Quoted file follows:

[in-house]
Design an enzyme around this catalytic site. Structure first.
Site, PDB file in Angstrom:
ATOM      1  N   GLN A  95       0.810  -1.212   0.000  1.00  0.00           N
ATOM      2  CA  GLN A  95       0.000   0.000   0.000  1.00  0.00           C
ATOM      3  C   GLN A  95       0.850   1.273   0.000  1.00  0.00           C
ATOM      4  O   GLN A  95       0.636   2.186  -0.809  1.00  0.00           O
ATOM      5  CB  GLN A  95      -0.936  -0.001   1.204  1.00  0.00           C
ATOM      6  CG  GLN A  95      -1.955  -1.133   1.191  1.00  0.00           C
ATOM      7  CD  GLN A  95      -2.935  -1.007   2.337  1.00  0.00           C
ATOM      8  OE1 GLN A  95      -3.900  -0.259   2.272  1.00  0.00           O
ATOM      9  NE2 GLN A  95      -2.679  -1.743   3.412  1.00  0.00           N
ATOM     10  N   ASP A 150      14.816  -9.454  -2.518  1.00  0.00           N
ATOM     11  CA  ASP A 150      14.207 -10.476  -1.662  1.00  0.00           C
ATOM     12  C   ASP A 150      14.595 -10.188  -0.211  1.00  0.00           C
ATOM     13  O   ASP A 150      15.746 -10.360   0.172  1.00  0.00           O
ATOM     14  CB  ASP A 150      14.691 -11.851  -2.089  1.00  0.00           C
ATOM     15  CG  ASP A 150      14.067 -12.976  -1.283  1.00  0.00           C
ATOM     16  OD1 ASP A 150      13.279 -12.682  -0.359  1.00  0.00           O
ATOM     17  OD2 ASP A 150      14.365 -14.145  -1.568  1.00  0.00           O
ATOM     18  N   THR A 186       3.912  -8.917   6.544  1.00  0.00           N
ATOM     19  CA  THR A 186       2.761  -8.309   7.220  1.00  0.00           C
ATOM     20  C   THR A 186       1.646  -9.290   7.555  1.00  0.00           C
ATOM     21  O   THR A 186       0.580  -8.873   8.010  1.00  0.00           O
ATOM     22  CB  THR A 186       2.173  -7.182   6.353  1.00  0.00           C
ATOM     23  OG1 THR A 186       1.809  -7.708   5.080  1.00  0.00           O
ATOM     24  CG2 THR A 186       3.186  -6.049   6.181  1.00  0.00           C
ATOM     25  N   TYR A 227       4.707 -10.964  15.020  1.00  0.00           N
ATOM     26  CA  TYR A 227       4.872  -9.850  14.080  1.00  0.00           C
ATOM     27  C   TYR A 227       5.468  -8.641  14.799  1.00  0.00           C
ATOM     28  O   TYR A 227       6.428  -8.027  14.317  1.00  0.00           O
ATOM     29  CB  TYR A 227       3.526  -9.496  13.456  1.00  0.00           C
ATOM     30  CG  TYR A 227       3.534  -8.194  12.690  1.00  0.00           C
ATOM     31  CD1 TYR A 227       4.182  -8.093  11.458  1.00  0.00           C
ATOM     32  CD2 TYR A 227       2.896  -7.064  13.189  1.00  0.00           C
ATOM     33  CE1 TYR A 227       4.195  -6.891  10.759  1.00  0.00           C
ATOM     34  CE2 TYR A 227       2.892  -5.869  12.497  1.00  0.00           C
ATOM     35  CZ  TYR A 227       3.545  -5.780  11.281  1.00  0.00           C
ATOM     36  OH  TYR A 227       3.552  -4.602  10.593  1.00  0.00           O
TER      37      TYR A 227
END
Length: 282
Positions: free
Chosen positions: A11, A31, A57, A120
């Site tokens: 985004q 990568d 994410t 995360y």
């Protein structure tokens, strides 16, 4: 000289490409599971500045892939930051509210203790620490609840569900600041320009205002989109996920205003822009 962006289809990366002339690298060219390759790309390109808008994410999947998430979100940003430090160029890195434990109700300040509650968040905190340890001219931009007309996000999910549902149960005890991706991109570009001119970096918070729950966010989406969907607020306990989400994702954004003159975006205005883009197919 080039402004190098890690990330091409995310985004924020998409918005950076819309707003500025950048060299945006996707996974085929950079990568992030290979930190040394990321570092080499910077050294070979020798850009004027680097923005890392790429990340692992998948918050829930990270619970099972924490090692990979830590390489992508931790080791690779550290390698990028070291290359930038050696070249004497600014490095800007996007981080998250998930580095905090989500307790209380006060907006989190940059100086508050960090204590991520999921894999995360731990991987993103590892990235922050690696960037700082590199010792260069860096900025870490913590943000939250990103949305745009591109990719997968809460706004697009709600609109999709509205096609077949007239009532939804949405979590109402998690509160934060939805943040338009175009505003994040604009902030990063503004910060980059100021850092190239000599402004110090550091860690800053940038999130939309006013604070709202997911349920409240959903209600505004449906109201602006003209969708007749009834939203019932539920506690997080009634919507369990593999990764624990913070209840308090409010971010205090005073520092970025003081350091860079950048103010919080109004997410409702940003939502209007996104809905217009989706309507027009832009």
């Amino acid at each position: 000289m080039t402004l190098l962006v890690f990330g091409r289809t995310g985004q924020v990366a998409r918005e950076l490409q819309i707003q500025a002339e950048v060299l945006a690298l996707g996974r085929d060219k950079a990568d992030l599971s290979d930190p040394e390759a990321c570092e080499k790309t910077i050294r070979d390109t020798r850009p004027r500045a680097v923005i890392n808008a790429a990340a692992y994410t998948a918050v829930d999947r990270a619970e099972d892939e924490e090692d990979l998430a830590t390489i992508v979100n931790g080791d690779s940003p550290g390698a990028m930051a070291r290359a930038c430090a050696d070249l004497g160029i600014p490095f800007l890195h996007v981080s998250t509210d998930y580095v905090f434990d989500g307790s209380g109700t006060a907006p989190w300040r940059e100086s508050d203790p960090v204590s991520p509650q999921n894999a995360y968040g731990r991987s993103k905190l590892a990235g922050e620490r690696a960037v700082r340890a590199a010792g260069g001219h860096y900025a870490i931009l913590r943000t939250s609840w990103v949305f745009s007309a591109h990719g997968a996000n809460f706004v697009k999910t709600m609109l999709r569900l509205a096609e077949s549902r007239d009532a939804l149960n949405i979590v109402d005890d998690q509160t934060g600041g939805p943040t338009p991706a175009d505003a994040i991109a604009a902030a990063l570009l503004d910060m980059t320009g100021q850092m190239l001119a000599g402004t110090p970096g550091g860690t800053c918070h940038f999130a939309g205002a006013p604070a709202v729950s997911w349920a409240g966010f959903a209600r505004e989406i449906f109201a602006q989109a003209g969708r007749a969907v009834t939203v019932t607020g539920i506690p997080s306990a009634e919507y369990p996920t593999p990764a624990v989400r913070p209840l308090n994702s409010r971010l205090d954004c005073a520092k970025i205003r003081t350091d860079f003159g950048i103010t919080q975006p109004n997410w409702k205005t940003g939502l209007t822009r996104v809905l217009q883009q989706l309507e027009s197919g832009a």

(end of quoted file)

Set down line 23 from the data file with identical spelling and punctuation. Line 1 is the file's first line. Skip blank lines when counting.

ATOM     20  C   THR A 186       1.646  -9.290   7.555  1.00  0.00           C